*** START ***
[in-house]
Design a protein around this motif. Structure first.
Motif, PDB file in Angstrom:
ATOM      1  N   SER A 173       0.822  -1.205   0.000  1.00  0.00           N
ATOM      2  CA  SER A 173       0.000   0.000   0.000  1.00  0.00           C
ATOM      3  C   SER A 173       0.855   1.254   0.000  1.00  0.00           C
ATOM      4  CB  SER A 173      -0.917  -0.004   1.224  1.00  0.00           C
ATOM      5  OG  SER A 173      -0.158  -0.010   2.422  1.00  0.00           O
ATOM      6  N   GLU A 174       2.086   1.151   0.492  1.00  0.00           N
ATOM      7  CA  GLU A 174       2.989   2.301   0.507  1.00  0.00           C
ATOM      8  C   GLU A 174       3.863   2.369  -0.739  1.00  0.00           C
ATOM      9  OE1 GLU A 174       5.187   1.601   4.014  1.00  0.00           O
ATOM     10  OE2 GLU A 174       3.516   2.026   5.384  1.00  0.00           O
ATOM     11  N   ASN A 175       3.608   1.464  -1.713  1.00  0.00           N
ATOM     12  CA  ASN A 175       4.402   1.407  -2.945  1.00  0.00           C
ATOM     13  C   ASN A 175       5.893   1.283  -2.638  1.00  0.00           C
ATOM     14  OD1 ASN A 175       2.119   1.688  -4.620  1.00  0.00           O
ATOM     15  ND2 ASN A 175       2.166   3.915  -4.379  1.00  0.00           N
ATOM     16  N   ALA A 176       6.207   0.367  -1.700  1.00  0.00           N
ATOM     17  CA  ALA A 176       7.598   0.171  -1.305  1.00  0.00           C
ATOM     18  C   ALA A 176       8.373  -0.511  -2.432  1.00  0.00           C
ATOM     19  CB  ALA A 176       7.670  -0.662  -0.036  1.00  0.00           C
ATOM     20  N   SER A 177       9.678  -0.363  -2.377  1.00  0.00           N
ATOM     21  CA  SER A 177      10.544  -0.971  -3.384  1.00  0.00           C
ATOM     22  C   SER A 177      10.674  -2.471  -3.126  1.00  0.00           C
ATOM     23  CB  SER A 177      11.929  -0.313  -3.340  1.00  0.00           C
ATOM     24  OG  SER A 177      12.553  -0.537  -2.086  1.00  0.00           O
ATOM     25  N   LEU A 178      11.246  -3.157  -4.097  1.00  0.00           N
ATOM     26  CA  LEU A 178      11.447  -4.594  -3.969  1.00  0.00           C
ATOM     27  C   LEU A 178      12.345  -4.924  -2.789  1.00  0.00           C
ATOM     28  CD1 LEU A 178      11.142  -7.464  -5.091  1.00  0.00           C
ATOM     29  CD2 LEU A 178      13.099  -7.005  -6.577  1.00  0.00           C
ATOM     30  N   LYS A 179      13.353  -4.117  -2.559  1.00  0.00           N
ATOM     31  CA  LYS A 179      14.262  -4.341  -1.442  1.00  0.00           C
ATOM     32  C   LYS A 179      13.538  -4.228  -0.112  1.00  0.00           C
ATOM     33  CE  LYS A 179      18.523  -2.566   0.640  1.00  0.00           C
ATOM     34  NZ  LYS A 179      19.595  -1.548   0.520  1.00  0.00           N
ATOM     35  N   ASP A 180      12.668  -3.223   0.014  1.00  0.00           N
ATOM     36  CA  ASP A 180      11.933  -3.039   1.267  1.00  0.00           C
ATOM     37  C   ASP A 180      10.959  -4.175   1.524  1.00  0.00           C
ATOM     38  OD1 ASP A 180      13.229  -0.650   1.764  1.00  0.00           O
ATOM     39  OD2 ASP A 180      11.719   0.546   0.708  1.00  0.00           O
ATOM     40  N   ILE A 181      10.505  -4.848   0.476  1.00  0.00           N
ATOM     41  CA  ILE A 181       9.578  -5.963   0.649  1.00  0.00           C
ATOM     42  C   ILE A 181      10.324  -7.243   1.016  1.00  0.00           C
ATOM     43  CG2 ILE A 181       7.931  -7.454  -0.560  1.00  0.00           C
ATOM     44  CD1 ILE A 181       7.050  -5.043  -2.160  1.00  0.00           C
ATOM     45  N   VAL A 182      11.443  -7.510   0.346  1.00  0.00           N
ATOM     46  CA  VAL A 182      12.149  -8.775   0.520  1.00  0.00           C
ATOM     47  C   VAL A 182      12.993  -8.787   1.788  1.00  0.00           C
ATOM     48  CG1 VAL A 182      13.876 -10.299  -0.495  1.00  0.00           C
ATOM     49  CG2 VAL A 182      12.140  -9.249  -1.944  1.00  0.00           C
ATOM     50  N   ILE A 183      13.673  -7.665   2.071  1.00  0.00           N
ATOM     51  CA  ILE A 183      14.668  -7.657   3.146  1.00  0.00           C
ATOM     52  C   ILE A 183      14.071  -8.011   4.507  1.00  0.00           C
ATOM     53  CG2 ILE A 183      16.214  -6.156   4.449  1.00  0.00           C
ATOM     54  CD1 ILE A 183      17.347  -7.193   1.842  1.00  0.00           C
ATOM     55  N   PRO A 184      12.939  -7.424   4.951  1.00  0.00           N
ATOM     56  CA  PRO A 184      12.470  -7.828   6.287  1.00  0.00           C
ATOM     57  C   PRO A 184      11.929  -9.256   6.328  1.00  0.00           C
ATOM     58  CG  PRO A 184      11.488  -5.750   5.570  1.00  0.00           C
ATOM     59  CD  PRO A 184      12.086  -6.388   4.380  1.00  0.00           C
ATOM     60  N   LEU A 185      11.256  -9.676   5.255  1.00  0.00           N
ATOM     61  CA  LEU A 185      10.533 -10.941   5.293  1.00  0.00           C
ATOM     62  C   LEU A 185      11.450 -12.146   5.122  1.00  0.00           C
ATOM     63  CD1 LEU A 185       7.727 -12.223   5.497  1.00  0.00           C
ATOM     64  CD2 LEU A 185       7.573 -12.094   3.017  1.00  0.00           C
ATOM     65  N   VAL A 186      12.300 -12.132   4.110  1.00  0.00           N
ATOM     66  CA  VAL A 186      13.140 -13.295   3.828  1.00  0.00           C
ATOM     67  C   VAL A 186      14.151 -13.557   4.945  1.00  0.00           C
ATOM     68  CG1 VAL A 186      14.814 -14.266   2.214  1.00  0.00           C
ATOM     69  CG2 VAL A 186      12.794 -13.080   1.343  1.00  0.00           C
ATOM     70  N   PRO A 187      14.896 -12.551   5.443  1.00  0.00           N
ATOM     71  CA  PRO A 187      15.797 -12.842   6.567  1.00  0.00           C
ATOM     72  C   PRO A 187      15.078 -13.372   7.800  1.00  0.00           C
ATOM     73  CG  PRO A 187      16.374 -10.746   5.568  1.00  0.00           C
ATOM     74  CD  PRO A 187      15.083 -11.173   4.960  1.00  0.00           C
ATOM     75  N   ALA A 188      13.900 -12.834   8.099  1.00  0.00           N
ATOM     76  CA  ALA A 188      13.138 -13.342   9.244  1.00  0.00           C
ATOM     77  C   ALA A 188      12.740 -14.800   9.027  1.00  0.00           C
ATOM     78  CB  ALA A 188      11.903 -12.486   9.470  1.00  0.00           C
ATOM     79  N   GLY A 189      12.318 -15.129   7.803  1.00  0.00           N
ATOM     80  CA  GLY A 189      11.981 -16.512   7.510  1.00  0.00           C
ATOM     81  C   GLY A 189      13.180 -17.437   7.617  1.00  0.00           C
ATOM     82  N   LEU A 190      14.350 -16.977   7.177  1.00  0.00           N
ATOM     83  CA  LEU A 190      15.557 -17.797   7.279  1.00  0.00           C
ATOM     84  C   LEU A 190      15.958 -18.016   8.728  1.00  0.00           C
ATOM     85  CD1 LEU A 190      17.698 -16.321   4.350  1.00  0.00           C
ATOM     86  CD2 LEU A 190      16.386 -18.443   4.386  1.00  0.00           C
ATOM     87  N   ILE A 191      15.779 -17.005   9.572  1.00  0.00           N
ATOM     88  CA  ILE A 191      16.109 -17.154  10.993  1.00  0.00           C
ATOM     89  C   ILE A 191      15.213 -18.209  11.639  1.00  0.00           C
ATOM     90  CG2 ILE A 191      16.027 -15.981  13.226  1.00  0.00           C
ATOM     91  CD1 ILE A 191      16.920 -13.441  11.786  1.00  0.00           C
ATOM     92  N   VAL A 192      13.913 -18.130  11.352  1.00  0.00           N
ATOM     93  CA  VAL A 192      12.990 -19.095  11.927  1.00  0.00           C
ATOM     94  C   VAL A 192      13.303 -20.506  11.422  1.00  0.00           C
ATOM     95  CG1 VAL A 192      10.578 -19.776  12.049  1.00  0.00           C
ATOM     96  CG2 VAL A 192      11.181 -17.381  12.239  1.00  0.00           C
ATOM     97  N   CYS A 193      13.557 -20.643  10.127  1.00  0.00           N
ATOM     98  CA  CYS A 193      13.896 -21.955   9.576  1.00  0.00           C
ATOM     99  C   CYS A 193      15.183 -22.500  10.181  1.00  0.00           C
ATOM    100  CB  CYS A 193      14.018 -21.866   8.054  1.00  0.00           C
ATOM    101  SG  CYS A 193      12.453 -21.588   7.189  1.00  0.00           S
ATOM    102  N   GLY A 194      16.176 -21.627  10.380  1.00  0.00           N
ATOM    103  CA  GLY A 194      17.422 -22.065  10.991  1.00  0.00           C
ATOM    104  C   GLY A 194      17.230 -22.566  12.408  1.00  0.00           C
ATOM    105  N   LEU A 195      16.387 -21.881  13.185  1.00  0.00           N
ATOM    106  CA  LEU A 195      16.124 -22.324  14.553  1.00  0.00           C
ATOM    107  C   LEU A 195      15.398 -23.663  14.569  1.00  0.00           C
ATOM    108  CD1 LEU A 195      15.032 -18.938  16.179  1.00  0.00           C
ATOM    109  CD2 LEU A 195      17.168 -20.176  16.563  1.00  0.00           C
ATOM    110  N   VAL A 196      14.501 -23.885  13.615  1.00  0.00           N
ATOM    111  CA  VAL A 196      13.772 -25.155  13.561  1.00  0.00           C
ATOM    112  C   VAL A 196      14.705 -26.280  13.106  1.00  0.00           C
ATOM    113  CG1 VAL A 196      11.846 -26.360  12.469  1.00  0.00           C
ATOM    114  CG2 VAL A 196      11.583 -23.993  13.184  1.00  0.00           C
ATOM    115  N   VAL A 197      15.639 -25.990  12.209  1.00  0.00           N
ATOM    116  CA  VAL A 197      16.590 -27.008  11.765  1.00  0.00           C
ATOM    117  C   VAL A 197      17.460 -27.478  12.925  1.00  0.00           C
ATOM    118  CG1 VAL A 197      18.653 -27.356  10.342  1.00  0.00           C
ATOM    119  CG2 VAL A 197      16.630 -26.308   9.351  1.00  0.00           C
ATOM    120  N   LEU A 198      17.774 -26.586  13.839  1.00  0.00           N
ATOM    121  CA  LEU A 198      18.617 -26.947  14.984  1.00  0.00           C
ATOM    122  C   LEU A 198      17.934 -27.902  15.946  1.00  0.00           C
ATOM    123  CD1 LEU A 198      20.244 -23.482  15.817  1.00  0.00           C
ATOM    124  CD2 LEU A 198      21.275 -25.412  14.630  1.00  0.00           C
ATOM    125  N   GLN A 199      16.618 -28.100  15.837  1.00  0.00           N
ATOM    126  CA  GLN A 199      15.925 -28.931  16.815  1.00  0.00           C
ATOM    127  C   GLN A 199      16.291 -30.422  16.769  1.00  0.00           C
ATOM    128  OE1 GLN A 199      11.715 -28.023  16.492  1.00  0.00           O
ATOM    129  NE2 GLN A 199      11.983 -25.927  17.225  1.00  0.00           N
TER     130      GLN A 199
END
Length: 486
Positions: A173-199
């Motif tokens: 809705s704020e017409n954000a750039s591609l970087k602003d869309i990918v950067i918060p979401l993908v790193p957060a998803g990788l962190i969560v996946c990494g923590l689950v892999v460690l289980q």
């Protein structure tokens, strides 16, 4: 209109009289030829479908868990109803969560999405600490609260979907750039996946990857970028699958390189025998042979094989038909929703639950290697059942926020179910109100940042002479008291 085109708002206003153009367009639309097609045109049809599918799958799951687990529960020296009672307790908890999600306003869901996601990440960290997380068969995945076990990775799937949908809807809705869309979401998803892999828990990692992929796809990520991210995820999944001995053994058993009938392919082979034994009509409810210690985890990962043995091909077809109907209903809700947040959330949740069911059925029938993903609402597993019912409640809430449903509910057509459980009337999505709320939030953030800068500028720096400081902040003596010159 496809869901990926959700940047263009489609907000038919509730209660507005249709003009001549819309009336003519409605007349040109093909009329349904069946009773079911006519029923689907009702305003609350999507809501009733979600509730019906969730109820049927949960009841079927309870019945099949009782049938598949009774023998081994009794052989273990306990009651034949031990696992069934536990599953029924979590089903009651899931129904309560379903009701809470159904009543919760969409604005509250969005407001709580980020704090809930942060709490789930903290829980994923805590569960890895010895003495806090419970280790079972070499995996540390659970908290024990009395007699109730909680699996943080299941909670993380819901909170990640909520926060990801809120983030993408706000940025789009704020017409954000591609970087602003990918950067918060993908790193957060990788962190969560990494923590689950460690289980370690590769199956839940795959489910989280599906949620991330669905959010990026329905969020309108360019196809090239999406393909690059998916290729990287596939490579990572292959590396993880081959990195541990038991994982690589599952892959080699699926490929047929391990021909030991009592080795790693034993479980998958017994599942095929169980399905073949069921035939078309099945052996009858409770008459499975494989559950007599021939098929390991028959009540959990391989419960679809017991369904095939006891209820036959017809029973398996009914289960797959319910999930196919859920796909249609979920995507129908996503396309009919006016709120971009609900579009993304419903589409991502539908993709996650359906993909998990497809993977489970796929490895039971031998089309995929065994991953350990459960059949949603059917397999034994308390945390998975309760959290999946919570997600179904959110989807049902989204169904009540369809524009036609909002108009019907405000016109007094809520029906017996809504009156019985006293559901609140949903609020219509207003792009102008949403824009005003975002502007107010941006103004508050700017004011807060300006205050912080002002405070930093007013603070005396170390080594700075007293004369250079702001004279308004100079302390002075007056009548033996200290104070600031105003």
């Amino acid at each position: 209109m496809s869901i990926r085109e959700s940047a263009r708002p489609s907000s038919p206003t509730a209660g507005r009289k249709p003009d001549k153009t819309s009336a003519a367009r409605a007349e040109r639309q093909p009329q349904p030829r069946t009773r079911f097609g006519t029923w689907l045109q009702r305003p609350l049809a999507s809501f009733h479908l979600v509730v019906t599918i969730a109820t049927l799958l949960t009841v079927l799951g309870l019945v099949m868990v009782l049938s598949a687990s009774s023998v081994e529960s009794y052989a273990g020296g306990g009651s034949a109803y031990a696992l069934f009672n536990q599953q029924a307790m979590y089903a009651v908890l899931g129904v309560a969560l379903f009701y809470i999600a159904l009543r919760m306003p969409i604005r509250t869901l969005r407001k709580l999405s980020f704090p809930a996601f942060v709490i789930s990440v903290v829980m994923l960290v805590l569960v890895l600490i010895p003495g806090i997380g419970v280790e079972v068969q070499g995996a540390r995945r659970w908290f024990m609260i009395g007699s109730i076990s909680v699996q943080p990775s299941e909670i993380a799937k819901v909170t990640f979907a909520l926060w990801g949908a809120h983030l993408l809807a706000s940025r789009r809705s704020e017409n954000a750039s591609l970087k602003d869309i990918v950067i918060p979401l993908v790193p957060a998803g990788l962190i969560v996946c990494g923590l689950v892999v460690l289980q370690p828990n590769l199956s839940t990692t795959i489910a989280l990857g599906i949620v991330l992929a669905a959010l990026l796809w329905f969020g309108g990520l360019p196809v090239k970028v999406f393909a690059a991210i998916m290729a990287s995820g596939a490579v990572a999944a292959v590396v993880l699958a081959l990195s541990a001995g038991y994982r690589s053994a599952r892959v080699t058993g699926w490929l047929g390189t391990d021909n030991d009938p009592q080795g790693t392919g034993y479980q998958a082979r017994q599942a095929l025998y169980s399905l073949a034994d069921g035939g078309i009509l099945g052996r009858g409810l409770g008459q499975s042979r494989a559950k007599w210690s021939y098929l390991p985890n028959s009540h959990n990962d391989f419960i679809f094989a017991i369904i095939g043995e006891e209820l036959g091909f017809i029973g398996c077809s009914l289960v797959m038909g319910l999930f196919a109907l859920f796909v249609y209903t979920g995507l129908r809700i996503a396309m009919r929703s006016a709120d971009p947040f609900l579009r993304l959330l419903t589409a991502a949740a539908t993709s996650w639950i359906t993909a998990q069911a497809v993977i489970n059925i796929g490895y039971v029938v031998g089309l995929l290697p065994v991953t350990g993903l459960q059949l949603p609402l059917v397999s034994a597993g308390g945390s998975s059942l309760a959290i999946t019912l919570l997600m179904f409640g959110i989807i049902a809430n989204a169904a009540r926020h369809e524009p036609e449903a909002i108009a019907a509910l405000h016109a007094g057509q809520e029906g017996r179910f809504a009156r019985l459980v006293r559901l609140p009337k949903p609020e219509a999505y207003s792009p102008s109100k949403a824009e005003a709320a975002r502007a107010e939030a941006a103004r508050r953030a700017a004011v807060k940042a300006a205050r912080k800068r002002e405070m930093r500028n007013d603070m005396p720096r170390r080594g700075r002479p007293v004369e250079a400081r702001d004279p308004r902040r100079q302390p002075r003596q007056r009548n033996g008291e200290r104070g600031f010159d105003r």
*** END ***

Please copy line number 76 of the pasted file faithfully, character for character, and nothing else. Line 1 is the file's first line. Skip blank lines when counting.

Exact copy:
ATOM     73  CG  PRO A 187      16.374 -10.746   5.568  1.00  0.00           C